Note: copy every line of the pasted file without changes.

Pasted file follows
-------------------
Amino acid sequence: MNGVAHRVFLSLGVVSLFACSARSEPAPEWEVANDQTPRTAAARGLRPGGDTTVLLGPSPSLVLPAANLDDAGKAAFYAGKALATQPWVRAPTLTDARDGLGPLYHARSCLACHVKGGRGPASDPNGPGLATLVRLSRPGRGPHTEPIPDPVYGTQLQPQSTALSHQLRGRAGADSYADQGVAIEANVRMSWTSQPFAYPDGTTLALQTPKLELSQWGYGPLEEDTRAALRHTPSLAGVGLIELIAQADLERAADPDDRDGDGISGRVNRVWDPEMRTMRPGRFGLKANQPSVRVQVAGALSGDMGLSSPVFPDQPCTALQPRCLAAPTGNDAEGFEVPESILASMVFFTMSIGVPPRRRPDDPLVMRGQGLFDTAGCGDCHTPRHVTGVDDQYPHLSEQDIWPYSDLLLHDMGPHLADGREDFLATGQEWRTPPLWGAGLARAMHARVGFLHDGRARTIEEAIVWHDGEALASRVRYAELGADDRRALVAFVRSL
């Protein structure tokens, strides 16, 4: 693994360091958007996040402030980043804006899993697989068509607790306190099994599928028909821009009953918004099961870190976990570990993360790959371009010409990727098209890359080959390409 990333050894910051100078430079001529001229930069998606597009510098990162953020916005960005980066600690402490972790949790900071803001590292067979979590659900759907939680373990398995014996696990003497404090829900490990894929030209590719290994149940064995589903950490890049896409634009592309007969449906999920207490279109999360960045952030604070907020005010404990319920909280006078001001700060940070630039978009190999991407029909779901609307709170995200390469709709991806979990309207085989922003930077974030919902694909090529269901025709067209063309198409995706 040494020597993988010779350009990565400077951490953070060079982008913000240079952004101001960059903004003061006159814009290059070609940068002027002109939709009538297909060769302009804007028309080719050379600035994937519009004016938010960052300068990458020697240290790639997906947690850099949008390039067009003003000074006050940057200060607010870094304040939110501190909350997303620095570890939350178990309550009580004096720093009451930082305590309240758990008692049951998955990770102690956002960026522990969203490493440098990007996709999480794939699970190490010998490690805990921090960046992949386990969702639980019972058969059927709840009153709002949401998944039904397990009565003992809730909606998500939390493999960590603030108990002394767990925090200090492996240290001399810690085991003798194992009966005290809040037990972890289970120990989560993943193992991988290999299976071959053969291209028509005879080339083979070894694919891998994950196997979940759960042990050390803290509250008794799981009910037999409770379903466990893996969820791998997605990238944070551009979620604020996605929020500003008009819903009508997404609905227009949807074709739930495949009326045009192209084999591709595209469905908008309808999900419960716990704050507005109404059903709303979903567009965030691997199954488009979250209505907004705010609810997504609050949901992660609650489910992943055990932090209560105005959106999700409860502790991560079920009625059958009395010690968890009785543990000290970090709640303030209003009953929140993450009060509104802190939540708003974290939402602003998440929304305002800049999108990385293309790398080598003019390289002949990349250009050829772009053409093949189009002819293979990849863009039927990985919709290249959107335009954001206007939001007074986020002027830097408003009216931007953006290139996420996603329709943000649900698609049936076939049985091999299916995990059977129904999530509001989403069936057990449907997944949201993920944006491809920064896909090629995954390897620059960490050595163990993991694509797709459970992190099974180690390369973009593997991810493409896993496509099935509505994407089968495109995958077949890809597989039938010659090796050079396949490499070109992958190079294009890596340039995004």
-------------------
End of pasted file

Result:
Amino acid sequence: MNGVAHRVFLSLGVVSLFACSARSEPAPEWEVANDQTPRTAAARGLRPGGDTTVLLGPSPSLVLPAANLDDAGKAAFYAGKALATQPWVRAPTLTDARDGLGPLYHARSCLACHVKGGRGPASDPNGPGLATLVRLSRPGRGPHTEPIPDPVYGTQLQPQSTALSHQLRGRAGADSYADQGVAIEANVRMSWTSQPFAYPDGTTLALQTPKLELSQWGYGPLEEDTRAALRHTPSLAGVGLIELIAQADLERAADPDDRDGDGISGRVNRVWDPEMRTMRPGRFGLKANQPSVRVQVAGALSGDMGLSSPVFPDQPCTALQPRCLAAPTGNDAEGFEVPESILASMVFFTMSIGVPPRRRPDDPLVMRGQGLFDTAGCGDCHTPRHVTGVDDQYPHLSEQDIWPYSDLLLHDMGPHLADGREDFLATGQEWRTPPLWGAGLARAMHARVGFLHDGRARTIEEAIVWHDGEALASRVRYAELGADDRRALVAFVRSL
């Protein structure tokens, strides 16, 4: 693994360091958007996040402030980043804006899993697989068509607790306190099994599928028909821009009953918004099961870190976990570990993360790959371009010409990727098209890359080959390409 990333050894910051100078430079001529001229930069998606597009510098990162953020916005960005980066600690402490972790949790900071803001590292067979979590659900759907939680373990398995014996696990003497404090829900490990894929030209590719290994149940064995589903950490890049896409634009592309007969449906999920207490279109999360960045952030604070907020005010404990319920909280006078001001700060940070630039978009190999991407029909779901609307709170995200390469709709991806979990309207085989922003930077974030919902694909090529269901025709067209063309198409995706 040494020597993988010779350009990565400077951490953070060079982008913000240079952004101001960059903004003061006159814009290059070609940068002027002109939709009538297909060769302009804007028309080719050379600035994937519009004016938010960052300068990458020697240290790639997906947690850099949008390039067009003003000074006050940057200060607010870094304040939110501190909350997303620095570890939350178990309550009580004096720093009451930082305590309240758990008692049951998955990770102690956002960026522990969203490493440098990007996709999480794939699970190490010998490690805990921090960046992949386990969702639980019972058969059927709840009153709002949401998944039904397990009565003992809730909606998500939390493999960590603030108990002394767990925090200090492996240290001399810690085991003798194992009966005290809040037990972890289970120990989560993943193992991988290999299976071959053969291209028509005879080339083979070894694919891998994950196997979940759960042990050390803290509250008794799981009910037999409770379903466990893996969820791998997605990238944070551009979620604020996605929020500003008009819903009508997404609905227009949807074709739930495949009326045009192209084999591709595209469905908008309808999900419960716990704050507005109404059903709303979903567009965030691997199954488009979250209505907004705010609810997504609050949901992660609650489910992943055990932090209560105005959106999700409860502790991560079920009625059958009395010690968890009785543990000290970090709640303030209003009953929140993450009060509104802190939540708003974290939402602003998440929304305002800049999108990385293309790398080598003019390289002949990349250009050829772009053409093949189009002819293979990849863009039927990985919709290249959107335009954001206007939001007074986020002027830097408003009216931007953006290139996420996603329709943000649900698609049936076939049985091999299916995990059977129904999530509001989403069936057990449907997944949201993920944006491809920064896909090629995954390897620059960490050595163990993991694509797709459970992190099974180690390369973009593997991810493409896993496509099935509505994407089968495109995958077949890809597989039938010659090796050079396949490499070109992958190079294009890596340039995004």